Cornel Pewewardy comes forward to present Bernie Sanders with a blanket.
Published September 24, 2019
LAWTON, Okla. — Sen. Bernie Sanders brought his presidential campaign to the Comanche Nation on Sunday when he visited the 28th annual Comanche Nation Fair Powwow in Lawton, Oklahoma. Sanders is the first presidential candidate to visit the Comanche Nation since Theodore Roosevelt.
Sanders, who visited over a dozen tribal nations in his 2016 presidential run, spoke the broken criminal justice system that disproportionately affects Native American communities, the high poverty rates in Native American communities, and the long and painful history of broken treaties and lies to the Native American community.
“The pain, the lies, and the broken treaties that have fallen upon the American Indian people has got to end. It should have ended hundreds of years ago; it should have never happened,” Sanders said. “Our job is to end those sins, those terrible things, and bring our people together and treat our Native American people with the respect and dignity that God knows they are entitled to.”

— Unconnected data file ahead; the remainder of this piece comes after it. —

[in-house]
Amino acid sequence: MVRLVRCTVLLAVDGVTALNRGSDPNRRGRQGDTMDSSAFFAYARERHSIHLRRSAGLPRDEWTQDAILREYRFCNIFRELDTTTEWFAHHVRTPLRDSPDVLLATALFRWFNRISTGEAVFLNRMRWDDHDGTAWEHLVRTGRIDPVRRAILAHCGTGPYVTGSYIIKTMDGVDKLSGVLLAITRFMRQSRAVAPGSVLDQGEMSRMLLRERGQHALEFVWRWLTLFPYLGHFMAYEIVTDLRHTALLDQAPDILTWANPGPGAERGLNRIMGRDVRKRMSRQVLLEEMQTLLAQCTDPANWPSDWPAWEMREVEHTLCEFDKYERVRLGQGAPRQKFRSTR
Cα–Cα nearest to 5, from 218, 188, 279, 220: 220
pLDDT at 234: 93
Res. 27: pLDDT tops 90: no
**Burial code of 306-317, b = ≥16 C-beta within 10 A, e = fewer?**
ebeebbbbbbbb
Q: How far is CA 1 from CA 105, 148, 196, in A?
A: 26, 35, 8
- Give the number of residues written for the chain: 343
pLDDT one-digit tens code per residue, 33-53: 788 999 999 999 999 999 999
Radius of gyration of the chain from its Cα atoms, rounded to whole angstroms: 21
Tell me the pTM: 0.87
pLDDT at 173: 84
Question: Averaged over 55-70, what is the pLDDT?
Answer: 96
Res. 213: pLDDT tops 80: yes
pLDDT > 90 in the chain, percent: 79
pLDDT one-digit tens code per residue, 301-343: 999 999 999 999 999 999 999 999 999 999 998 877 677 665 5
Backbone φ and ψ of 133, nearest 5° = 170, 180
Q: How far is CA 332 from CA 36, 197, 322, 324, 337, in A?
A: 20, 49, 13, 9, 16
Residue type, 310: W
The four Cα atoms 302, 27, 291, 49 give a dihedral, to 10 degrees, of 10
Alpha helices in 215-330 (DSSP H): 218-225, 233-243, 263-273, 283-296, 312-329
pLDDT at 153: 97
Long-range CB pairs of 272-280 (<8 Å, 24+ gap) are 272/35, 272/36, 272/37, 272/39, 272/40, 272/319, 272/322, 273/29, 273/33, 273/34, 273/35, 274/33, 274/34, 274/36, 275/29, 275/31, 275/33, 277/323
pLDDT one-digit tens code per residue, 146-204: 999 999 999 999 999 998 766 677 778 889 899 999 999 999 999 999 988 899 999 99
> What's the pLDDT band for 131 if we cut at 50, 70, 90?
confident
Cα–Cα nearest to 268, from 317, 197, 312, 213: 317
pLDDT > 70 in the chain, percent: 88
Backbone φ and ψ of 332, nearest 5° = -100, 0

Before the event, Sanders met with tribal citizens and discussed the epidemic of missing and murdered indigenous women. At the Powwow, Sanders pledged to appoint an Attorney General that will work with Native communities to solve these murders and put an end to this crisis.
As president, Sanders would reverse Republican efforts to suppress voting rights in Native communities and Trump’s budget cuts to the Department of Interior, which oversees the Bureau of Indian Affairs, the Bureau of Indian Education and the Office of the Special Trustee for American Indians–instead providing resources to protect and revitalize indigenous languages, religions, cultures, and traditions. Sanders would also call for representation of Native peoples in the highest levels of government in Washington and expand protections for tribal lands.
Sanders has a long record of fighting for tribal rights including addressing the wealth gap that is plaguing Native American communities through Medicare for All, a $15 minimum wage, and much bigger investments in K-12 education in low-income communities. He fought to save Oak Flat by repealing a giveaway to a foreign-owned mining company and has stood alongside advocates fighting against the Dakota Access and Keystone pipelines, and the construction of a nuclear storage site on Yucca Mountain.